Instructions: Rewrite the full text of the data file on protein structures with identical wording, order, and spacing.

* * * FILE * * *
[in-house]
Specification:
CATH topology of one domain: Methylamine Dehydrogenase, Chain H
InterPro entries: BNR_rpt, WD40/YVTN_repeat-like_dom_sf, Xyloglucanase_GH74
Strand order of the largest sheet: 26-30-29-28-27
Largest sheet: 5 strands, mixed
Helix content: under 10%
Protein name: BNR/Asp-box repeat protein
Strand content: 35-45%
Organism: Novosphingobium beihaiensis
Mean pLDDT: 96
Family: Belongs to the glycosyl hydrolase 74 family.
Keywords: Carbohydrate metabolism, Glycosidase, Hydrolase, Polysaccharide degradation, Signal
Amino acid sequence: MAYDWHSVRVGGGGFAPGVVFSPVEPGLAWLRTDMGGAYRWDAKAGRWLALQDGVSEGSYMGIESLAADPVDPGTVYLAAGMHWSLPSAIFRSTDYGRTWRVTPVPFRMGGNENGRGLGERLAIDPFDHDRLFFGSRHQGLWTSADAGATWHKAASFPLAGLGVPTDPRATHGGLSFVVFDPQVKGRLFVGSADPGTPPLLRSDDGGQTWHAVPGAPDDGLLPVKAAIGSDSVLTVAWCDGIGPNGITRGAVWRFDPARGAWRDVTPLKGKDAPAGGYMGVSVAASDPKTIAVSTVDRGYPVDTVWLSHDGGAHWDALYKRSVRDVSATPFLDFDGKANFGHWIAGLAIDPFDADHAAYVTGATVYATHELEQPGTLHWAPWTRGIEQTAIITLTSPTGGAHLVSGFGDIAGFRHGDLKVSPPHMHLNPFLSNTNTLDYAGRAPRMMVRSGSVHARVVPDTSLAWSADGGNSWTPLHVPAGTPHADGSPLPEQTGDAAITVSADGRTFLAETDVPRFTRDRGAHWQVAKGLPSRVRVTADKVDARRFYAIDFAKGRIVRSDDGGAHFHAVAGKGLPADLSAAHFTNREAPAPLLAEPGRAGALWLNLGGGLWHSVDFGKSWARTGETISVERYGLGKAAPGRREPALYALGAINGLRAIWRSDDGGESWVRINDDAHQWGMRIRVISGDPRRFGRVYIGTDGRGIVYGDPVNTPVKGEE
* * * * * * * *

[in-house]
Specification:
CATH topology of one domain: Methylamine Dehydrogenase, Chain H
InterPro entries: BNR_rpt, WD40/YVTN_repeat-like_dom_sf, Xyloglucanase_GH74
Strand order of the largest sheet: 26-30-29-28-27
Largest sheet: 5 strands, mixed
Helix content: under 10%
Protein name: BNR/Asp-box repeat protein
Strand content: 35-45%
Organism: Novosphingobium beihaiensis
Mean pLDDT: 96
Family: Belongs to the glycosyl hydrolase 74 family.
Keywords: Carbohydrate metabolism, Glycosidase, Hydrolase, Polysaccharide degradation, Signal
Amino acid sequence: MAYDWHSVRVGGGGFAPGVVFSPVEPGLAWLRTDMGGAYRWDAKAGRWLALQDGVSEGSYMGIESLAADPVDPGTVYLAAGMHWSLPSAIFRSTDYGRTWRVTPVPFRMGGNENGRGLGERLAIDPFDHDRLFFGSRHQGLWTSADAGATWHKAASFPLAGLGVPTDPRATHGGLSFVVFDPQVKGRLFVGSADPGTPPLLRSDDGGQTWHAVPGAPDDGLLPVKAAIGSDSVLTVAWCDGIGPNGITRGAVWRFDPARGAWRDVTPLKGKDAPAGGYMGVSVAASDPKTIAVSTVDRGYPVDTVWLSHDGGAHWDALYKRSVRDVSATPFLDFDGKANFGHWIAGLAIDPFDADHAAYVTGATVYATHELEQPGTLHWAPWTRGIEQTAIITLTSPTGGAHLVSGFGDIAGFRHGDLKVSPPHMHLNPFLSNTNTLDYAGRAPRMMVRSGSVHARVVPDTSLAWSADGGNSWTPLHVPAGTPHADGSPLPEQTGDAAITVSADGRTFLAETDVPRFTRDRGAHWQVAKGLPSRVRVTADKVDARRFYAIDFAKGRIVRSDDGGAHFHAVAGKGLPADLSAAHFTNREAPAPLLAEPGRAGALWLNLGGGLWHSVDFGKSWARTGETISVERYGLGKAAPGRREPALYALGAINGLRAIWRSDDGGESWVRINDDAHQWGMRIRVISGDPRRFGRVYIGTDGRGIVYGDPVNTPVKGEE